by Patti Comstock
Special to The Leaven
There was no way for me to know when I accepted an invitation several years ago to a Religion in Art tour at The Nelson-Atkins Museum of Art in Kansas City, Missouri, that the tour would ultimately result in my tacit obsession with the stained-glass windows at Holy Name Church located in Kansas City, Kansas.
I am a Holy Name parishioner, so my unquestioned presence blesses me with the time to admire and reflect on this liturgical art.
The stained glass at Holy Name was created by the artisans of the Munich Studio (Chicago) around 1903, which means this stained glass is some of its first commissioned works. So much has been written about the Munich Studio that additional research is readily available online.
Instead of attempting to repeat knowledge about the studio, I would like to share the impact and validity their work continues to have on new and continuing viewers — on me — over 100 years after their original installation.
I hope that other stained-glass aficionados will appreciate these works of art, and humor me my opinions about the motivations and symbolism behind the scenes. (For indeed, like appreciation of any artwork, we do enjoy our opinions!)
Holy Name’s cornerstone is dated 1909, and it is home to over 25 individual works of Munich Studio stained glass. Twelve of the primary stained-glass windows line both sides of the church nave, each majestic window measuring approximately 16 feet tall by 4 feet wide. The powerful size of these windows allows for almost life-size portrayals of the scenes, which have been taken from the pages of the Bible in the New Testament. Seven of the 12 scenes represent the mysteries of the rosary.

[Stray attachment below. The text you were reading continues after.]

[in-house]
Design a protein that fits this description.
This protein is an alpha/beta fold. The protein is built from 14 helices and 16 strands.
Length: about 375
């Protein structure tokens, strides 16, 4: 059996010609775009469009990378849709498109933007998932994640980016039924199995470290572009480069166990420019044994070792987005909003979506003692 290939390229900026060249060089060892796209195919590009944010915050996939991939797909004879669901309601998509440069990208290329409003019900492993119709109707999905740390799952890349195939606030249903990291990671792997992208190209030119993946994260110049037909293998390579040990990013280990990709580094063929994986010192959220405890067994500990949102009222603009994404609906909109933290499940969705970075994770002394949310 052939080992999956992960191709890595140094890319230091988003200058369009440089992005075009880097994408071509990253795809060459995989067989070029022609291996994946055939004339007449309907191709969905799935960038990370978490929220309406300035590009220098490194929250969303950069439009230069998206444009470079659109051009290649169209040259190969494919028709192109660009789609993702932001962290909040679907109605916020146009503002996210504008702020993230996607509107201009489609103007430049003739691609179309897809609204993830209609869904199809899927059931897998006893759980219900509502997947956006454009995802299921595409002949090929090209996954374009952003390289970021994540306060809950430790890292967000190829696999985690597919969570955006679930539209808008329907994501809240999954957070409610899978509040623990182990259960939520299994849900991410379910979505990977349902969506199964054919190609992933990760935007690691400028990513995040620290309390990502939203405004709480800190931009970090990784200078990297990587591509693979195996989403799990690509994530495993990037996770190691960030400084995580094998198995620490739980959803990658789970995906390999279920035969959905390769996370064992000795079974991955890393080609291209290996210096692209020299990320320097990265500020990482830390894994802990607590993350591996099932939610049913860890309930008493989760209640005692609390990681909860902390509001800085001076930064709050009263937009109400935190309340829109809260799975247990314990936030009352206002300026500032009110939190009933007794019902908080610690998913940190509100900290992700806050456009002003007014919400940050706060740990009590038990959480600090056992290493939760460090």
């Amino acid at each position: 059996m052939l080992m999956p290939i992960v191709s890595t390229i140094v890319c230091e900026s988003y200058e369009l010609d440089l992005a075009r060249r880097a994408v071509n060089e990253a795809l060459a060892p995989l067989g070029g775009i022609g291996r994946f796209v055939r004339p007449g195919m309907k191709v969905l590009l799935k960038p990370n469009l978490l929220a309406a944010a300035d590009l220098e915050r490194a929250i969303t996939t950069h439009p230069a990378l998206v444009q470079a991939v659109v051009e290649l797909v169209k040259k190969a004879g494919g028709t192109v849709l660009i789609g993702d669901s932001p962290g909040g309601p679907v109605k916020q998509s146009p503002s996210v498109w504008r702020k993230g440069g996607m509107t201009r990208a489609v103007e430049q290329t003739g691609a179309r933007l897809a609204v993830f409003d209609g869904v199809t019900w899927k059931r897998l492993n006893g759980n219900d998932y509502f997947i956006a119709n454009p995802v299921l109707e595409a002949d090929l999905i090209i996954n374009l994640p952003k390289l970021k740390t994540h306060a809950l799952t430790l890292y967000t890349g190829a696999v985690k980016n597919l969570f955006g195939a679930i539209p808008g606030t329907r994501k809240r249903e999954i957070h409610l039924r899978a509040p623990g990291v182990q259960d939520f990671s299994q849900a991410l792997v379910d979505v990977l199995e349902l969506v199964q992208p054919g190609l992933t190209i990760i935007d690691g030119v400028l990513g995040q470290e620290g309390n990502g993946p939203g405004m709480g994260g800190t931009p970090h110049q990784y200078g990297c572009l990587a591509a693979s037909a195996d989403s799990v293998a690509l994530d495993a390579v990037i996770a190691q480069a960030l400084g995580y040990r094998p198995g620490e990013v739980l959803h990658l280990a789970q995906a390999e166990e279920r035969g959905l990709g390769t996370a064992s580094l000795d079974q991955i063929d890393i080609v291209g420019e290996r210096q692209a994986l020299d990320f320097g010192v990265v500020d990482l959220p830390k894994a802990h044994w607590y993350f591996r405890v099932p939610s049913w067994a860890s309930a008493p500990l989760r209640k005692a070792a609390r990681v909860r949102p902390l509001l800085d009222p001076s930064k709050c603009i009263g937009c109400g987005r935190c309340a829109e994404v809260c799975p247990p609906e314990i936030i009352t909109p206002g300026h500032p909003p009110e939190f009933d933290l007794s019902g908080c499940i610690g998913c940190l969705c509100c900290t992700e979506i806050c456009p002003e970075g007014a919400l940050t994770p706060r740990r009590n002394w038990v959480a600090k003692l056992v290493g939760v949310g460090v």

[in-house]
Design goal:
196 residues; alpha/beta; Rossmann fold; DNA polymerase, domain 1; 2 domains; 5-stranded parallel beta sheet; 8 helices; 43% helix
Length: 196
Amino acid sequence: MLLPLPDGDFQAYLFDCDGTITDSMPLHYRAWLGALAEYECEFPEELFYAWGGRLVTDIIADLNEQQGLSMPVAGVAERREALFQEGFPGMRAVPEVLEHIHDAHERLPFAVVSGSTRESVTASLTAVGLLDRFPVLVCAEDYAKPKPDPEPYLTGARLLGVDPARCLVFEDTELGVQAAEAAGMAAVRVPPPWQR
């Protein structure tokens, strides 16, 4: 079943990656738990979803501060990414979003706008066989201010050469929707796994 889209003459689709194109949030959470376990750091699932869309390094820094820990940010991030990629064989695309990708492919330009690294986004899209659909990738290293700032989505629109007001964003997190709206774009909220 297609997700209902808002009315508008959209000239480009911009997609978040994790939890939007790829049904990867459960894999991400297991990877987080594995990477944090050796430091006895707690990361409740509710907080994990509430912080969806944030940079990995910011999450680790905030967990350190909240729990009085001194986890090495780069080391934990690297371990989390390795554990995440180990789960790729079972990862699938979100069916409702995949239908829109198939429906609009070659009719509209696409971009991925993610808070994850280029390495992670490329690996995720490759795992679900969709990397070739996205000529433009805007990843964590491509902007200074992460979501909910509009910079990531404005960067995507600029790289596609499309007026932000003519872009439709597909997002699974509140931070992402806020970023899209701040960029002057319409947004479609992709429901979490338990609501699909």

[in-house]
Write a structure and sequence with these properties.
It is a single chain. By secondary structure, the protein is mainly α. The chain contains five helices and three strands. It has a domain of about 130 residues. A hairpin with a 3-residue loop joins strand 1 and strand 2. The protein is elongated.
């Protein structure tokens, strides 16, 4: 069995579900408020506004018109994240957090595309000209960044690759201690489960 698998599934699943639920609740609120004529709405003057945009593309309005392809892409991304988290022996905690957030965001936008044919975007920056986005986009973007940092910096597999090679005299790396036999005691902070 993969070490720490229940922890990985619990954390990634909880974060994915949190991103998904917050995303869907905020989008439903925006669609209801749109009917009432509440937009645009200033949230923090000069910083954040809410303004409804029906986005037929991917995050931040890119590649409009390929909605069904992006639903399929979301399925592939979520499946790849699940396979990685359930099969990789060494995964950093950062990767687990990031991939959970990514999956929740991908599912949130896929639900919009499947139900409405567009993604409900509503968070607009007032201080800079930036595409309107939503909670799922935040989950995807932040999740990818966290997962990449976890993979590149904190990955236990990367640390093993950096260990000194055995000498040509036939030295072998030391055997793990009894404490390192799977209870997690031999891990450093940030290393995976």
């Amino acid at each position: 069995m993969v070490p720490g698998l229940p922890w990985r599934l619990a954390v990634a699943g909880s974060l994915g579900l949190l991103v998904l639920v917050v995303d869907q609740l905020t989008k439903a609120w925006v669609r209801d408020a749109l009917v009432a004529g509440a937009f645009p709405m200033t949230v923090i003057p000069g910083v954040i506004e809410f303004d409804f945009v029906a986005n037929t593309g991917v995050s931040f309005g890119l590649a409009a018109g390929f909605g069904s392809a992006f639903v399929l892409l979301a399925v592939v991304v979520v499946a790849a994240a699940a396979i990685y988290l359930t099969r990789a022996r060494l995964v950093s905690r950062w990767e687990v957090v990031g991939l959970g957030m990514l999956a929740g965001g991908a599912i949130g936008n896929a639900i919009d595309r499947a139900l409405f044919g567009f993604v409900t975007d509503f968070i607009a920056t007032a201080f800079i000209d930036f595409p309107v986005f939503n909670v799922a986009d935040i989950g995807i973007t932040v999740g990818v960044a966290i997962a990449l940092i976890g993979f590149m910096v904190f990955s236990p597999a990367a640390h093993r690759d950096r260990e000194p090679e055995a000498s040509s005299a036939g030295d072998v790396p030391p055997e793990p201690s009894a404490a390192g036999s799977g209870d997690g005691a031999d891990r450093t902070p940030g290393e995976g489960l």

As taken from Catholic Online, the windows represent all four of the rosary mysteries (joyful, sorrowful, glorious and luminous). Stained-glass scenes include: the nativity of Our Lord Jesus Christ, finding Jesus in the Temple at age 12, the agony of Jesus in the Garden of Gethsemane, the resurrection of Jesus Christ and the wedding at Cana.
I would like to focus on the annunciation of the Lord to Mary and the visitation of Mary to Elizabeth.
When the Angel Gabriel tells Mary she is to be the mother of God, the Holy Spirit descends upon Mary. At first glance, through the skilled eyes of a docent at the art museum, we are immediately drawn to the symbolism used by the medieval and Renaissance art masters. For instance, the image of Mary on this stained-glass canvas is a woman with uncovered, very long and flowing hair, the symbol of a virgin.
Then, we notice the lily flowers, the symbol of purity, in Gabriel’s outstretched hand. And to the side of Gabriel and under his feet are beautiful red roses, so beautiful you can almost smell them. I have no firsthand experience to date, but some folks believe there is a smell of roses in the air when angels are present.
In addition to the symbols mentioned above in the community of the art masters, the more Christian-than-art-wide symbol is the dove — the Holy Spirit — descending on Mary.